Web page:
Rossini Opera Festival 2017

The only person who really impressed me this year at the Viaggio a Reims was Roberto Lorenzi with a true bass voice and a fluid coloratura. Others were also enjoyable such as Oscar Oré as Belfiore or Noluvuyiso Mpofu as Cortese. Corinna and Folleville lacked substance and were a bit thin. Good all others. The conductor Michele Spotti was hugely applauded but I found his direction a bit flat, colours missing and not much variation. The mise en scene was the very effective one by Emilio Sagi and as always this Viaggio by the students of the Rossini Academy is a pleasure to watch, almost touching in the enthusiasm the young singers put into their singing and acting.

Torvaldo e Dorliska was this year’s most balanced opera I thought. Both the visual and musical side were satisfactory. The stage is nicely designed by Mario Martone, a forest behind a iron gate impress with the versatility it offers to move around it, and the delightful costumes by Ursula Patzak put us into the narrative immediately. Very well the young director Francesco Lanzillotta. He plays with colours, dynamics, and tempi to give the music the lightheartedness and tension it deserves. Salome Jicia, seemingly the Semiramide of the 2019 ROF, started on a wobbly foot with her first aria but her performance grew over time into a well performed Dorliska, though I felt her lower and middle register were not as strong as I remember them in Elena in last year’s Donna del lago. Very well Dmitry Korchak as her lover with a bright ringing voice he also had no difficulty to find his way through the rapid vocalisms, and the top notes were poured out with ease. Of Carlo Lepore I especially liked both the comic and tragic characterization of the character. Nicola Alaimo has not a huge voice but sings with great taste. Great fun was Filippo Fontana in his small aria Sopra quell’albero vedo un bel pero while I thought Raffaella Lupinacci was marvellous in the small role of Carlotta, her aria very well sung. Since i could not see the subtitles from where I was sitting, I especially appreciated how everybody put extra effort in the pronunciation as the plot was easily followed even without subtitles.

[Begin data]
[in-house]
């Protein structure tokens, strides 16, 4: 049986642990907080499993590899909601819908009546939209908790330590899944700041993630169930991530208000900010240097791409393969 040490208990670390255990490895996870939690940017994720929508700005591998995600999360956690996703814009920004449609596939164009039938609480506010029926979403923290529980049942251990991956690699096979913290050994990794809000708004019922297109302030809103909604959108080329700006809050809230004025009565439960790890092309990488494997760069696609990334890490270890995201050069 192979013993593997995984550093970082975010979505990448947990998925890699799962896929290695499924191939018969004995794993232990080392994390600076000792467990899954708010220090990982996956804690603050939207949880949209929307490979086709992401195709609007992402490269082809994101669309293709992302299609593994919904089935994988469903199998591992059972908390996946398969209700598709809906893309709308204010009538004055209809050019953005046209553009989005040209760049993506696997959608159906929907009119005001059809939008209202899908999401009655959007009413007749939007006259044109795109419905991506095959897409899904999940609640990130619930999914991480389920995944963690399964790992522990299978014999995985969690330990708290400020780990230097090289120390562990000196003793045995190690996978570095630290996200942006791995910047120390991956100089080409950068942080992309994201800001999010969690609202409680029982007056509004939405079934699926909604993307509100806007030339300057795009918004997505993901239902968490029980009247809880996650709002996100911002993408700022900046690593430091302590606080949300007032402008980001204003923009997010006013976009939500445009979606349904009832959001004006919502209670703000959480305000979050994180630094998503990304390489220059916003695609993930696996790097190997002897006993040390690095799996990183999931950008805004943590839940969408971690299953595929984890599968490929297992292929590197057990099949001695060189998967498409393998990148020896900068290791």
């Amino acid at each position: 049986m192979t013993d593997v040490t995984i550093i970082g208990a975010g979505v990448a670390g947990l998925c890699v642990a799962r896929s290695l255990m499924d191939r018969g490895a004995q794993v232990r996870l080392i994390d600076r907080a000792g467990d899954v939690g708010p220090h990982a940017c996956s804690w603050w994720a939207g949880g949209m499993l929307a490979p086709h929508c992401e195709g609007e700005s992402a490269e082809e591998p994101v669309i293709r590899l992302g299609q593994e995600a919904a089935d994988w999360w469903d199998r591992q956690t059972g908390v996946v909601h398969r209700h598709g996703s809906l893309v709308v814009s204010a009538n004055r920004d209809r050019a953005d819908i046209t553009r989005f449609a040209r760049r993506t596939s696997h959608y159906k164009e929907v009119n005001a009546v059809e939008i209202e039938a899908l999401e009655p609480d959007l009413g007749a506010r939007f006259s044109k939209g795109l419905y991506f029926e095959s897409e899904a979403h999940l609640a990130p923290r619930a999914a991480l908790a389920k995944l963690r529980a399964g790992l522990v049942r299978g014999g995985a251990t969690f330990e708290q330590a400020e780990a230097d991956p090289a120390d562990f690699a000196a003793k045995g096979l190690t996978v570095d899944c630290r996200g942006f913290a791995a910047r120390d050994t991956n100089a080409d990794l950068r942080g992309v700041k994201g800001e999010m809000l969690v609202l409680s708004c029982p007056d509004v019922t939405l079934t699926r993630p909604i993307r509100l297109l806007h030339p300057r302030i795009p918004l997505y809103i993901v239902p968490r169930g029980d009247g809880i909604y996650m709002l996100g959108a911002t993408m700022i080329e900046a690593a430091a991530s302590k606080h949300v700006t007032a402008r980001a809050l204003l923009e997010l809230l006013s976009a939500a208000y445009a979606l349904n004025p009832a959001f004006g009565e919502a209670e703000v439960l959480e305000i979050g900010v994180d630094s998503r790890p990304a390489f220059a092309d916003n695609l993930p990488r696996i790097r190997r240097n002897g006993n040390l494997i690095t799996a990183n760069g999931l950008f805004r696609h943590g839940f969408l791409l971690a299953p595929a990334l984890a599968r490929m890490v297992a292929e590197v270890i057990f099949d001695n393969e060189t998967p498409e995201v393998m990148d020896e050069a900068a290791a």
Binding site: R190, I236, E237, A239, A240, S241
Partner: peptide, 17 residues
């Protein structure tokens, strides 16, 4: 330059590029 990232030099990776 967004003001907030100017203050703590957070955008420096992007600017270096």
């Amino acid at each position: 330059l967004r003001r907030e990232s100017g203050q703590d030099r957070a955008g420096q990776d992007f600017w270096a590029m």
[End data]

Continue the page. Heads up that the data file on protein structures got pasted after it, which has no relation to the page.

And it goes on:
Le siège de Corinthe was a huge disappointment. The direction was given to La Fura dels Baus, who have created many memorable productions, but this opera did not tickle they inspiration at all I feel. They de-contextualized the plot, and the struggle for independence of the Greek from the Ottomans is interpreted by La Fura with the struggle for water. Although I get their point and can imagine the parallel somewhere, the show did not convince me in the least for the absence of a real storytelling, and boredom came up pretty soon. Furthermore 20L-water-bottles strung together into walls was visually not very pleasing. The costumes looked like there were paint stains on them. Furthermore, instead of the ballet one could read poems by Lord Byron projected on the wall. They certainly were congruent (and I rediscovered Byron’s touching “Darkness”) but it’s not a ballet, and the dancers came in only very late into the orchestral intermezzo. Abbado did not direct badly but I felt he was accompanying well (which is still a great achievement) rather than looking for exciting ways to interpret the newly edited score, and overall he was not able to lift the musical part above the abominable visual disaster. Nino Machaidze’s voice is well projected and she has a good enough coloratura, but she impressed me much more in her Neapolitan Desdemona. My issue with Luca Pisaroni is that he is not a real bass voice and that makes him lose credibility as Mahomet altogether, especially when he awkwardly tries to reach the lower notes. Much better the two tenors. Sergey Romanovsky has a beautiful and strong tenor voice and his last aria is sung very well. I hope he choses his repertoire well and doesn’t push too much on the top notes as it would be a pleasure to hear him in the Neapolitan Rossini in future. Convincing was also John Irvin as Pamyra’s father, in fact more convincing that the day before at the the 3 Tenors’ concert. Cecilia Molinari was barely audible but Carlo Cigni, Xabier Anduaga, and Omar-Iurii were all convincing.